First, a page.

get to their destination, but have you ever wonder what is like to fly in the wind and ride a motorcycle? Riding a motorcycle was a scary and exciting learning experience because that is the first time anybody dares to risk their lives riding a fast-bigger bike. Riding a motorcycle is at first intimidating and scary at first because the pressure of riding a five-hundred-pound bike is overwhelming and leads to wanting to become interested in living the real world of riding. Riding is not for everybody and only the dare devils have guts to live in the crazy realm of riding.

I became interested in riding after I saw my cousin, Gus, performing stunts and wild crazy tricks that he posted in Facebook and from there I am interesting asked my cousin to teach me how to ride like a man. One day, my cousin and I agreed to meet at an abandon parking lot in and show me the steps to how to be a comfortable driver. I was learning all the functions I needed to learn in order for me to operate.  A sunny day, perfect enough to enjoy outdoors, made the day clear to start learning in dry asphalt. Once we got there, my cousin suddenly started to explain the riding process and legal laws that needed to be addressed. Riding a motorcycle is not the same as riding a bicycle because it requires to have a license, helmet, and legal status of the vehicle. After that we started to get to the functions of the bike. I was intimidated and nervous because I had the thoughts, “what if I crash?” “what if I fall?” these thoughts tempted me not to learn, but Gus encouraged me that riding is not so hard as people think it is. Gus introduced me to the basics such as a throttle, the front and rear brakes, the clutch, and using the odometer stats. Learning the functions wasn’t as difficult as I thought it would be, but taking the first steps to let the wheel go was. Once I got in that bike I learned that holding the clutch while using the throttle can give you a little bit of speed, but I had to be careful because it is very sensitive in releasing the clutch. The bike was heavier than I thought it would be because I thought it was going to be a little lighter than expected. I had to get used to this bike because I never knew what the market of motorcycles would bring if I had no option in getting a decent lighter bike.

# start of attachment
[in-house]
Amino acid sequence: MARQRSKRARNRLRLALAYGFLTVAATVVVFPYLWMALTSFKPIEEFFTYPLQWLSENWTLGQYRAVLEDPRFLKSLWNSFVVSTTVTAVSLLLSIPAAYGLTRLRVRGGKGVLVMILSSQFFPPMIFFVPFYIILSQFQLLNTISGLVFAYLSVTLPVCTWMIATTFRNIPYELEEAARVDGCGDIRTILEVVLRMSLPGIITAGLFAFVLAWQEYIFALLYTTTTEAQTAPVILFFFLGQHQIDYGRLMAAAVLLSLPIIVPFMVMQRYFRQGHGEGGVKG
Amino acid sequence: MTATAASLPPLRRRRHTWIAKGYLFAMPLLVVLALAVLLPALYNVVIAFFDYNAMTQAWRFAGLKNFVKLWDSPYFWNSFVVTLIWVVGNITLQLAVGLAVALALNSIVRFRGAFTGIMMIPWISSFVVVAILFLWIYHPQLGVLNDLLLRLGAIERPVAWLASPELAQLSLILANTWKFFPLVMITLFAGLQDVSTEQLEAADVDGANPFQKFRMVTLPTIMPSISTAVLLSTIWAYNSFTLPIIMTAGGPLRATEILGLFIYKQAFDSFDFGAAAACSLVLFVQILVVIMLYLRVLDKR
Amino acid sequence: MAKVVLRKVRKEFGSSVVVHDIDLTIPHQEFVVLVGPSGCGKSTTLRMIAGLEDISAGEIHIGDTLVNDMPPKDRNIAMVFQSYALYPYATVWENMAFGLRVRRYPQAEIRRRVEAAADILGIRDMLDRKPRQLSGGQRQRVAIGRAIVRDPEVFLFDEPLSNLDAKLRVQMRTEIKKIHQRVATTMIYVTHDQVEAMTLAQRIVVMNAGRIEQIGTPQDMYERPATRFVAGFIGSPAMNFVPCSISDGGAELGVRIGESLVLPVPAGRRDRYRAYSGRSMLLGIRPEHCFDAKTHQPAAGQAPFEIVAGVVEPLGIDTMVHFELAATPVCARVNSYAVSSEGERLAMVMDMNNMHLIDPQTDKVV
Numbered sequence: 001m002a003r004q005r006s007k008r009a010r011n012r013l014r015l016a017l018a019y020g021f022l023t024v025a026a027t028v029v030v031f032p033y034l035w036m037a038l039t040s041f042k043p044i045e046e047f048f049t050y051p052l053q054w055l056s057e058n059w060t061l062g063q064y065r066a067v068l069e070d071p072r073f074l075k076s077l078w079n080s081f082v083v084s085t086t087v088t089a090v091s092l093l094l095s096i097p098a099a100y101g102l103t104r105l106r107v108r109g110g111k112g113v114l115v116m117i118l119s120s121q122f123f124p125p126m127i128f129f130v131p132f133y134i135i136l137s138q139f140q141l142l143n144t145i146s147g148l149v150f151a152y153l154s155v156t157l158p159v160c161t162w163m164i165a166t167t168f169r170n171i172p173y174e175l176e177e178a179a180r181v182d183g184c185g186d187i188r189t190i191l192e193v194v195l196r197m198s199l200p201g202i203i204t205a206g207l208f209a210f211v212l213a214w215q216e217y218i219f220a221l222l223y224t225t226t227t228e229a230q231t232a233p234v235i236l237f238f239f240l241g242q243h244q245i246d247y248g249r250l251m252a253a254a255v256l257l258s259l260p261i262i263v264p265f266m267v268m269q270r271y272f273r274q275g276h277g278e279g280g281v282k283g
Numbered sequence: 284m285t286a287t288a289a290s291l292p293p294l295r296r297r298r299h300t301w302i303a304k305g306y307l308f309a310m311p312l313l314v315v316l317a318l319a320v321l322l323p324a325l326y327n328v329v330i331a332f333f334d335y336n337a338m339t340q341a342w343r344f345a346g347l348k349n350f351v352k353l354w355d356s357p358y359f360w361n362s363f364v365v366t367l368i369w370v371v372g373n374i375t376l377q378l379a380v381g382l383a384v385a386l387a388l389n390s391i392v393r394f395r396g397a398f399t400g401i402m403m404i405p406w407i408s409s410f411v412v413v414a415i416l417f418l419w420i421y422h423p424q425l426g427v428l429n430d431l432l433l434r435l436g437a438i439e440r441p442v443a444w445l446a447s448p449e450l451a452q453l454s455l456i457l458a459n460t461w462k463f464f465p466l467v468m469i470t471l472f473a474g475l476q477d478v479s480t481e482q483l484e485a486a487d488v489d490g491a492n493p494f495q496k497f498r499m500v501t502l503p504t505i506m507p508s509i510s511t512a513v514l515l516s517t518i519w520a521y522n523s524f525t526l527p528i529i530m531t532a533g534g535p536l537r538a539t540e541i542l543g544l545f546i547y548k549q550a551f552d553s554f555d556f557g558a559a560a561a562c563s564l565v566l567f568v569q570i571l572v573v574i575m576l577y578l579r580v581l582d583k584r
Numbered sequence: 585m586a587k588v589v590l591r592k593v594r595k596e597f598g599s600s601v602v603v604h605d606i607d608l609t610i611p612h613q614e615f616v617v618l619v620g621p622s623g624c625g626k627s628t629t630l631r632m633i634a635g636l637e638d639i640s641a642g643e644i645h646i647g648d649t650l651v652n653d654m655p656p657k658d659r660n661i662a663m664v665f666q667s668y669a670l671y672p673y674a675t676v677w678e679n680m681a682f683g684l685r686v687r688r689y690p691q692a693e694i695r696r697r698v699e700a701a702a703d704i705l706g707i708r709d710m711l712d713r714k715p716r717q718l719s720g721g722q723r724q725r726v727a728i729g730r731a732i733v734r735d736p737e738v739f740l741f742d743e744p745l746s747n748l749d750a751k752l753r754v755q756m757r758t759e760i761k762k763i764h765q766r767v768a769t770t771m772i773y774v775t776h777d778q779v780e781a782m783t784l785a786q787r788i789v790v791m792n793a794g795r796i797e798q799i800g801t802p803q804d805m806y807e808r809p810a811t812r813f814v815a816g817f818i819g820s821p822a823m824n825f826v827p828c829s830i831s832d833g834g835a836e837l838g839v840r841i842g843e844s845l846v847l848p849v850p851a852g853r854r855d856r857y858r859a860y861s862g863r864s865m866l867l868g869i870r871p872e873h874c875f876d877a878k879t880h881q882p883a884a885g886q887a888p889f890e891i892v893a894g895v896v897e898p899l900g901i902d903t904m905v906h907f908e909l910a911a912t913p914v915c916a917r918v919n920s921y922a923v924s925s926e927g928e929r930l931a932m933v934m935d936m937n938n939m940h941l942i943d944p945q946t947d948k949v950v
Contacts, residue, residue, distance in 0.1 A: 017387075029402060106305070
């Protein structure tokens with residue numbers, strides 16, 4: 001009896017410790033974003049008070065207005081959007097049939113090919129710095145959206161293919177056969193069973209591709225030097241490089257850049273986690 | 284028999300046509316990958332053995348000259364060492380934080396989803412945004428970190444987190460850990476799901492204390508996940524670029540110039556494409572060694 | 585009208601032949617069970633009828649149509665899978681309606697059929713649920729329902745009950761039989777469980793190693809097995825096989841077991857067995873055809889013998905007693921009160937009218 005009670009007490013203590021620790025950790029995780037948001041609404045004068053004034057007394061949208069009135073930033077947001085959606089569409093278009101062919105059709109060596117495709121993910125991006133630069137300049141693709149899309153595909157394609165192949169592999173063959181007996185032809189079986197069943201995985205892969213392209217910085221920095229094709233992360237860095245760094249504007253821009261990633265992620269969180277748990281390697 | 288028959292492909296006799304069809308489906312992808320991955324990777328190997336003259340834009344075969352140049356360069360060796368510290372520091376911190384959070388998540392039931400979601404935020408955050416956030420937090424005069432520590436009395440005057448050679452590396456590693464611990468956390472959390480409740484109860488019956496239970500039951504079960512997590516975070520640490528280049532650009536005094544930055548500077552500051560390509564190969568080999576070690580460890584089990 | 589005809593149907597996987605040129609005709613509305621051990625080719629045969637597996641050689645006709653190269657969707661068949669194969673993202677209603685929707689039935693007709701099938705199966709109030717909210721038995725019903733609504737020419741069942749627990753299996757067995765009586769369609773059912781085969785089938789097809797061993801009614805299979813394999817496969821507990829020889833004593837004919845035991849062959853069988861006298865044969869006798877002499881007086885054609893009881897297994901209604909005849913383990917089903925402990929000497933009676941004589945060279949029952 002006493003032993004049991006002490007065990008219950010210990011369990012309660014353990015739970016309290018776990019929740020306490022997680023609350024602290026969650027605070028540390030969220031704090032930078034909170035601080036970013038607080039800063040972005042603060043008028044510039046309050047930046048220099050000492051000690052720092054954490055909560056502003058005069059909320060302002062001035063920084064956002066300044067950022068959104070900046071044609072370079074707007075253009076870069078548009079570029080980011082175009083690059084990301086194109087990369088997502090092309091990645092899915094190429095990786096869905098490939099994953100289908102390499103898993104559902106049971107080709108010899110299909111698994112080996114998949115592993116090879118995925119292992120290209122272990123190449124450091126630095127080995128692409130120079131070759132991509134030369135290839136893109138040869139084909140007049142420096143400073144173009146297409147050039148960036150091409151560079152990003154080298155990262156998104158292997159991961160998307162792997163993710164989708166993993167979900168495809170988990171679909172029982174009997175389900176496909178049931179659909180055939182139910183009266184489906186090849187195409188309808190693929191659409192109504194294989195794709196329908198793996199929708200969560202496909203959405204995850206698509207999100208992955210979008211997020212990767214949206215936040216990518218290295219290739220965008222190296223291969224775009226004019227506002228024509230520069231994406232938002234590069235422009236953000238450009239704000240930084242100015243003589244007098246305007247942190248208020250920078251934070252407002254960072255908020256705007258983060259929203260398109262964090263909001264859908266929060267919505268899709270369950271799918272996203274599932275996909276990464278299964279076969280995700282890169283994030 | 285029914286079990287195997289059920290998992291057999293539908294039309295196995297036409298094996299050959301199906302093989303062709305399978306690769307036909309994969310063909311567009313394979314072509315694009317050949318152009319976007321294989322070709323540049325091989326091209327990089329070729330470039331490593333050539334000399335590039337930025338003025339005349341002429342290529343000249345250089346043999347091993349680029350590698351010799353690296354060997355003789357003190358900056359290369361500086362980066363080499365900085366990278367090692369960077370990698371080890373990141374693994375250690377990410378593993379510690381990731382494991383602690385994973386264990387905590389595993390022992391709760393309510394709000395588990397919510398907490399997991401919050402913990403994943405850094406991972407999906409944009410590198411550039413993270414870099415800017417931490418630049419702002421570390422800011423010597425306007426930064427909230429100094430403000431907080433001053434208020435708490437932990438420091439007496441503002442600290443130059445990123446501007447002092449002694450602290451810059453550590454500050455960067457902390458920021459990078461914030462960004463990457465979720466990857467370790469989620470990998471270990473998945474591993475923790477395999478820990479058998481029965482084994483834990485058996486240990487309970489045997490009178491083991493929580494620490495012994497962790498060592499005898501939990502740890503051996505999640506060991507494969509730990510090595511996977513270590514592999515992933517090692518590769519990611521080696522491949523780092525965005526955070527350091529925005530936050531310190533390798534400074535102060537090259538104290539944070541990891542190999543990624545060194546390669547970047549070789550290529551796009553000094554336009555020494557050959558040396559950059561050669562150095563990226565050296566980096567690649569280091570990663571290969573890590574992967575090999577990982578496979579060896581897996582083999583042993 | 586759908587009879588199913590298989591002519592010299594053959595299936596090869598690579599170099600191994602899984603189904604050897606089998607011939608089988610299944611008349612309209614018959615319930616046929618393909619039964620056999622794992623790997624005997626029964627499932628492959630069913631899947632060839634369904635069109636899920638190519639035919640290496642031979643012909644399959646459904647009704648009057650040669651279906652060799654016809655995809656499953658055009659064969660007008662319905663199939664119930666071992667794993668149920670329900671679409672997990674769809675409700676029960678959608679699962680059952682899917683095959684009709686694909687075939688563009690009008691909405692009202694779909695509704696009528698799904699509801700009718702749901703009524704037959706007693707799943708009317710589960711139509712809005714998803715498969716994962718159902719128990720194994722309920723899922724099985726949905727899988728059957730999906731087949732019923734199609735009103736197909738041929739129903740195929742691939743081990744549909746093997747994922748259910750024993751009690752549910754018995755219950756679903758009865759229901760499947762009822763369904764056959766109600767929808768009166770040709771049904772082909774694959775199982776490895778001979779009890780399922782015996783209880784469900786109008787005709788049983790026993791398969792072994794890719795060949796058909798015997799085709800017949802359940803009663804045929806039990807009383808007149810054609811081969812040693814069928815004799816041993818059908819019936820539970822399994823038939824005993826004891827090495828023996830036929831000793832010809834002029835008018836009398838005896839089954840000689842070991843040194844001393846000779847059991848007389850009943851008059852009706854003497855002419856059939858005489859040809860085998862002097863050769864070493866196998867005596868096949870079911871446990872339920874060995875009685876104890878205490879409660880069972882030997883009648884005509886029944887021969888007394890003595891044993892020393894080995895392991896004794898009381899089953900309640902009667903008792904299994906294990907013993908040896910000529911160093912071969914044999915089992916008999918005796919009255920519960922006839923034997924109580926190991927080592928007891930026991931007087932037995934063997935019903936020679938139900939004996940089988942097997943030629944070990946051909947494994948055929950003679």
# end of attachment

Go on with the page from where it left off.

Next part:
After a successful day of riding, I signed up immediately to take a two-day learners course because I wanted to pass and obtain my California Motorcycle license and get the certificate to be one step closer for an M1 License. Once I started to learn from the course, everything my cousin taught me, was easy and I remember everything I learned. The course taught us how ride the basics to the functions of controlling the bike. I also had to ride with obstacles put into place such as maneuvering through cones and making sharp turns. This course was easy because riding a bike was not as hard as I thought it would be. The purpose of me learning how to ride a motorcycle was not like how to drive a car and be a piece a cake, but to take my fear and nervousness. After the two day course, I passed and receive my certificate saying I am qualified to obtain my permit and later on get my license.

My first time was not the result of quitting because I felt good of riding in the wind. My hardest part in riding was not learning the functions, but getting adjusted in doing sharp turns and learning how to ride with confidence. My learning process has encouraged me to be able to teach others without the need to be intimidated or nervous. I proudly say today that I am glad that I took the steps in riding a motorcycle that I never thought I would. As of today, I currently rive a Honda CBR 600r and I am proud that riding a motorcycle isn’t as bad as I thought it would be, or at least what my mother discouraging said to me.